Calculation of package systems

Air conditioning system capacity is measured in BTUs per hour. It’s sometimes measured in tons, with one ton equaling 12,000 BTUs per hour. An experienced contractor should be hired to calculate the correct size. Square footage plays a part, but factors like insulation, windows, and climate need to be considered too.

Significant advances in energy efficiency have been made with air conditioning technology in recent years. Replacing a unit that is 10 years old or older with a current model can save anywhere from 20 to 40 percent on energy costs. All air conditioning systems are given a BEE rating, BEE stands for Bureau of Energy Efficiency. It ranges from 1 to 5, with higher numbers reflecting superior energy efficiency. Systems with higher BEE ratings cost more, but the extra upfront cost is mitigated by the energy savings going forward.

Cooling Capacity

Cooling capacity for a room is defined as the heat load in a room that have to be removed in order to achieve a certain room temperature and humidity. The typical design is set to 24°C temperature and 55% Relative Humidity. Study shows that this combination of temperature and RH is the most conducive for the human body. The unit used to measure heat load is BTU/hr. 1 BTU/hr is the heat energy needed to increase 1 pound of water by 1°F. When choosing an air conditioner, usually a 1 HP (horse power) equipment is able to remove 9,000 BTU/hr of heat. With better technology, some machines are able to remove 10,000 BTU/hr of heat with the same capacity. The higher the listed BTU/hr, the greater the cooling capacity.

Air Conditioning – Rule Of Thumb

Calculating the cooling capacity needed for your room is a complicated process as there are many factors to consider. However, there is a simple rule of thumb that you can use to estimate the required cooling capacity for your room. Use this result to compare with the calculation done by the air conditioning contractors for your own checking purposes.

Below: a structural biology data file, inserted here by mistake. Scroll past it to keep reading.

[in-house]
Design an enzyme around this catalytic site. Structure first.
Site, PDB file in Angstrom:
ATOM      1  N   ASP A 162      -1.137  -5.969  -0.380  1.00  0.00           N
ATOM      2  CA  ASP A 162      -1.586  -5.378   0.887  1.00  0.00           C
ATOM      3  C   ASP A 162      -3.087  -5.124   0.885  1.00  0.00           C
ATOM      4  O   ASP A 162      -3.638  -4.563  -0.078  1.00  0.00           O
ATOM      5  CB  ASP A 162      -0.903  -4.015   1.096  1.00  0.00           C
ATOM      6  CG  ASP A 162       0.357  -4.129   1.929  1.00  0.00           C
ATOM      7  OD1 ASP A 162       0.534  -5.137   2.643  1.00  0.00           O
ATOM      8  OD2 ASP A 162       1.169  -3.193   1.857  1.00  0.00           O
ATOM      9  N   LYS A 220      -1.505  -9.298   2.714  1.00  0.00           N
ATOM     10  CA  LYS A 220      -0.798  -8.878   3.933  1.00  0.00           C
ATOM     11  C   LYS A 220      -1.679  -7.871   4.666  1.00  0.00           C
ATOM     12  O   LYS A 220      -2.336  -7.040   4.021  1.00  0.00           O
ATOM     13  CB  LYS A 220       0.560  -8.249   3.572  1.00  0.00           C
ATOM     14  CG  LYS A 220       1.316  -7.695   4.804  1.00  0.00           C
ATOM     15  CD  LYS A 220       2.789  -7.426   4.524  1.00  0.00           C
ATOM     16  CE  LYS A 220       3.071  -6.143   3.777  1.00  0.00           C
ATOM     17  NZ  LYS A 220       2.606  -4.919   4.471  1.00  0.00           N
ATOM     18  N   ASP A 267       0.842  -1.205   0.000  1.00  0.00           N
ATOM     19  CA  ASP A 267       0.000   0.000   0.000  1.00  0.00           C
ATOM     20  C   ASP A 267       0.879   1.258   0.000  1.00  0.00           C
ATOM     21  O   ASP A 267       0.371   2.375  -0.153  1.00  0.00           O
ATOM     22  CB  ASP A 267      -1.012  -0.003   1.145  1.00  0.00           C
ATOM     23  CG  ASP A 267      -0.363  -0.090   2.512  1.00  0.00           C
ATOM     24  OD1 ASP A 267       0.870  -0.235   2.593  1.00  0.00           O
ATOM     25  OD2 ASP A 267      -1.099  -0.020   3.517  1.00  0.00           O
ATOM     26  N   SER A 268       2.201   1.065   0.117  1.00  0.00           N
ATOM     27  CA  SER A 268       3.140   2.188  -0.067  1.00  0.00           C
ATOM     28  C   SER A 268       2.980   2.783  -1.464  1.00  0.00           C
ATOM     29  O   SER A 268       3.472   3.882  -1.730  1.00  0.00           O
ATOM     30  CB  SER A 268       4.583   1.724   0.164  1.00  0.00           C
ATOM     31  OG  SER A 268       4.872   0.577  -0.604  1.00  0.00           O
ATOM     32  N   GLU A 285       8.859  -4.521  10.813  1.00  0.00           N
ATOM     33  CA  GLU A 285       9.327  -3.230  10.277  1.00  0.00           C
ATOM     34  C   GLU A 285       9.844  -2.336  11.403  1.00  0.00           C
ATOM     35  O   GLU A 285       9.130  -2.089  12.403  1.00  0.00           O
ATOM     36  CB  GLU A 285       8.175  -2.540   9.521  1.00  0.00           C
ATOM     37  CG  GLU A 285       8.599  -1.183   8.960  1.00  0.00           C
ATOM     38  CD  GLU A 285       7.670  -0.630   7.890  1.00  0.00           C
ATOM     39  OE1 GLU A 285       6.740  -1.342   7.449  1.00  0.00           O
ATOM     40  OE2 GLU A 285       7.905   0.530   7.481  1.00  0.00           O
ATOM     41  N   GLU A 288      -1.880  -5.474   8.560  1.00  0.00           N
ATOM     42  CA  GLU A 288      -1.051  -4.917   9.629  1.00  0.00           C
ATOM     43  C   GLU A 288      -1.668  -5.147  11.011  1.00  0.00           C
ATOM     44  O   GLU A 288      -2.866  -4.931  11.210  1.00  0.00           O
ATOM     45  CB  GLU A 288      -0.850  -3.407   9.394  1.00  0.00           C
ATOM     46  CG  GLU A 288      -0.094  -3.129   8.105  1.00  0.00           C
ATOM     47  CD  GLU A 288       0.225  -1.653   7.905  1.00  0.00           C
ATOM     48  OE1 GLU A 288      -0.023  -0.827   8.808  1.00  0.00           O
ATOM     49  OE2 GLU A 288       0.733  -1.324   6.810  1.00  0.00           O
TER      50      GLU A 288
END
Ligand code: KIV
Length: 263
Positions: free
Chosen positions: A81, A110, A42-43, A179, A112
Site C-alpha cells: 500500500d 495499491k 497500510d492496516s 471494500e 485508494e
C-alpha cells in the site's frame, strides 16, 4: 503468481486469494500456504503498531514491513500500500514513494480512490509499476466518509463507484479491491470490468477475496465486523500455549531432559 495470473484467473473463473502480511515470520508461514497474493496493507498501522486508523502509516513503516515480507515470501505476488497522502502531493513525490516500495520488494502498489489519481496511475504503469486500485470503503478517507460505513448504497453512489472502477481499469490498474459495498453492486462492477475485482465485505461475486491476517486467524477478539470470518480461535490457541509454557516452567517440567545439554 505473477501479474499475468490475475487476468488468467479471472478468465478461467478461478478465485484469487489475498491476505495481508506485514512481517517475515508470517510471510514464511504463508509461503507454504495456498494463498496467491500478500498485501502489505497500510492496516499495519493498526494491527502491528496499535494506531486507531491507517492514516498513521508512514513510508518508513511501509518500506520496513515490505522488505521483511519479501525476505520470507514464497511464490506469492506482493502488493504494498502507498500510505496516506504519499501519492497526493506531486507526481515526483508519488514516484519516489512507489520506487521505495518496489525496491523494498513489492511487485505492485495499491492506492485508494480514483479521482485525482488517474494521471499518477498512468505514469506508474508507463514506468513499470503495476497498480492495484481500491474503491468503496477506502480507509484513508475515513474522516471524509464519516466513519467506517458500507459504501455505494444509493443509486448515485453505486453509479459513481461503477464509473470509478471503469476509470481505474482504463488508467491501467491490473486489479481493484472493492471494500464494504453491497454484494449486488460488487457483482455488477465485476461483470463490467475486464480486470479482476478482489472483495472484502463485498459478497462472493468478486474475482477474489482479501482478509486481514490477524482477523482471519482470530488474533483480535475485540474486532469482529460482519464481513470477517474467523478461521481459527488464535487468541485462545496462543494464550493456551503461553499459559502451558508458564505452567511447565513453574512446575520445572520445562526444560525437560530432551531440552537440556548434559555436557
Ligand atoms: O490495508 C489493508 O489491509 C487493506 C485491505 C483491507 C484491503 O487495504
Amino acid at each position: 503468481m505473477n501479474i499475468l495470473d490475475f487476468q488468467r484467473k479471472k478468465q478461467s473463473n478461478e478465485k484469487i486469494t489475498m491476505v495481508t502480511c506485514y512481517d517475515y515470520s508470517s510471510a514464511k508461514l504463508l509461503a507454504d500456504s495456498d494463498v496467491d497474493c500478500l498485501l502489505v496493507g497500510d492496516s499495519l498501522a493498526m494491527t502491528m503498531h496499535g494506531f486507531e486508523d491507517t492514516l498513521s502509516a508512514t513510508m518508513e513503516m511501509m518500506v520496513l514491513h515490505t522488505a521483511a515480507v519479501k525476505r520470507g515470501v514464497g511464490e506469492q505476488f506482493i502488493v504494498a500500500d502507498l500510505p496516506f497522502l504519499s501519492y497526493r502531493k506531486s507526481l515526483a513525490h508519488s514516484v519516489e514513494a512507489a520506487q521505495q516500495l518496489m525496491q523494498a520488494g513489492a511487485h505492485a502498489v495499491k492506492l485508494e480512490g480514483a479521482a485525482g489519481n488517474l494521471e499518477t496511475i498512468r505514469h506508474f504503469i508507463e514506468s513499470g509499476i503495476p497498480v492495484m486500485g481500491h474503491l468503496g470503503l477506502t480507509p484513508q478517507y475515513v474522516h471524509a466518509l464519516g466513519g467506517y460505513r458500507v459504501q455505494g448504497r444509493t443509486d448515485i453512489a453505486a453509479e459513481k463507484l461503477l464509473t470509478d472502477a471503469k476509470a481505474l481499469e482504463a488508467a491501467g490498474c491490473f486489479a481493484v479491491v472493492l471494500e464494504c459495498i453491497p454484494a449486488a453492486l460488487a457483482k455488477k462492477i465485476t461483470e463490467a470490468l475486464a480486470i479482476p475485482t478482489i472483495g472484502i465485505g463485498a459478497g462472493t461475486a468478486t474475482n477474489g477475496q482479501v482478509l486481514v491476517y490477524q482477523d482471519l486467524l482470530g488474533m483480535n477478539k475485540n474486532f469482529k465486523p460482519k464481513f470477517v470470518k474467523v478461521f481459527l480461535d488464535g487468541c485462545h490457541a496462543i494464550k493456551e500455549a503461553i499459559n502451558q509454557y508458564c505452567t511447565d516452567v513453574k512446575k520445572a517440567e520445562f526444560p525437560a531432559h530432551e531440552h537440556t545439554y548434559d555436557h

• Find the volume of your room in cubic feet. This is done by measuring the length, width and height of the room in feet and multiply all the three dimensions together as Volume = Width X Length X Height (cubic feet)
  • Multiply this volume by 6 as C1 = Volume X 6
  • Estimate the number of people (N) that will usually occupy this room. Each person produces about 500 BTU/hr of heat for normal office-related activity. Multiply this two figures together as C2 = N x 500 BTU/hr
  • Add C1 and C2 together and you will get a very simplified cooling capacity needed for the room as Estimated Cooling Capacity needed = C1 + C2 (BTU/hr)

Other Factors

Other factors that your contractor will consider to determine the sizing of the cooling capacity include the direction of your room. If the room is facing east or west, additional capacity is needed as it will be exposed to the morning and evening sun compared to a room that faces north or south.

If the lighting of the room emits a lot of heat, additional capacity is needed. If electrical appliances that generate heat is used, additional capacity has to be factored in. The type of material of the room and windows are also important consideration.

Methods of Refrigeration
Daylight factor

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